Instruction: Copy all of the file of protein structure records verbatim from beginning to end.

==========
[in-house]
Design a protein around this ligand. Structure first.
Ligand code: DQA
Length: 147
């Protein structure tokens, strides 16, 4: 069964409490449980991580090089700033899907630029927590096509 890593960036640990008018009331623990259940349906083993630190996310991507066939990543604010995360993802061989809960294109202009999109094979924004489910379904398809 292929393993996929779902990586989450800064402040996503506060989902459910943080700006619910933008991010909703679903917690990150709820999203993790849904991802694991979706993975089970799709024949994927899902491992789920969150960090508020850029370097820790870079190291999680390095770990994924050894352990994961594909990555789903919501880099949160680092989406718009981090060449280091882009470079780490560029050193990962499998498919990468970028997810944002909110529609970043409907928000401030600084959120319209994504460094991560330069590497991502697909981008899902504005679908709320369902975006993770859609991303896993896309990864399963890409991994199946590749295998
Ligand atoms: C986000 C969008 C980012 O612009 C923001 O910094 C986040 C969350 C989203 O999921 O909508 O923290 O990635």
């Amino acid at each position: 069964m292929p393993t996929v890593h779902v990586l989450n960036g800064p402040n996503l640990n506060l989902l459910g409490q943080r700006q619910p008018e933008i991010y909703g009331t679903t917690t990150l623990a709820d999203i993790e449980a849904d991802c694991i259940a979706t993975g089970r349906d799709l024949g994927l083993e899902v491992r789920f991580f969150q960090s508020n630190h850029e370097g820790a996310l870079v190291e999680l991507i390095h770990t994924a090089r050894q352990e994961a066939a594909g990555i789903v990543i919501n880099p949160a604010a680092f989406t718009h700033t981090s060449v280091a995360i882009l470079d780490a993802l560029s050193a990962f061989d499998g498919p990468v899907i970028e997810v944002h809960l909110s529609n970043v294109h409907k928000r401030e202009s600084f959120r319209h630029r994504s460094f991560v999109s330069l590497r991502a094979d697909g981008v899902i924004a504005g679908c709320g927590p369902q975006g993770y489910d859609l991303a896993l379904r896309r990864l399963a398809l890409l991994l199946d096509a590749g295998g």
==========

[in-house]
Design a protein around this ligand. Structure first.
Ligand code: DQA
Length: 147
């Protein structure tokens, strides 16, 4: 069964409490449980991580090089700033899907630029927590096509 890593960036640990008018009331623990259940349906083993630190996310991507066939990543604010995360993802061989809960294109202009999109094979924004489910379904398809 292929393993996929779902990586989450800064402040996503506060989902459910943080700006619910933008991010909703679903917690990150709820999203993790849904991802694991979706993975089970799709024949994927899902491992789920969150960090508020850029370097820790870079190291999680390095770990994924050894352990994961594909990555789903919501880099949160680092989406718009981090060449280091882009470079780490560029050193990962499998498919990468970028997810944002909110529609970043409907928000401030600084959120319209994504460094991560330069590497991502697909981008899902504005679908709320369902975006993770859609991303896993896309990864399963890409991994199946590749295998
Ligand atoms: C986000 C969008 C980012 O612009 C923001 O910094 C986040 C969350 C989203 O999921 O909508 O923290 O990635």
């Amino acid at each position: 069964m292929p393993t996929v890593h779902v990586l989450n960036g800064p402040n996503l640990n506060l989902l459910g409490q943080r700006q619910p008018e933008i991010y909703g009331t679903t917690t990150l623990a709820d999203i993790e449980a849904d991802c694991i259940a979706t993975g089970r349906d799709l024949g994927l083993e899902v491992r789920f991580f969150q960090s508020n630190h850029e370097g820790a996310l870079v190291e999680l991507i390095h770990t994924a090089r050894q352990e994961a066939a594909g990555i789903v990543i919501n880099p949160a604010a680092f989406t718009h700033t981090s060449v280091a995360i882009l470079d780490a993802l560029s050193a990962f061989d499998g498919p990468v899907i970028e997810v944002h809960l909110s529609n970043v294109h409907k928000r401030e202009s600084f959120r319209h630029r994504s460094f991560v999109s330069l590497r991502a094979d697909g981008v899902i924004a504005g679908c709320g927590p369902q975006g993770y489910d859609l991303a896993l379904r896309r990864l399963a398809l890409l991994l199946d096509a590749g295998g």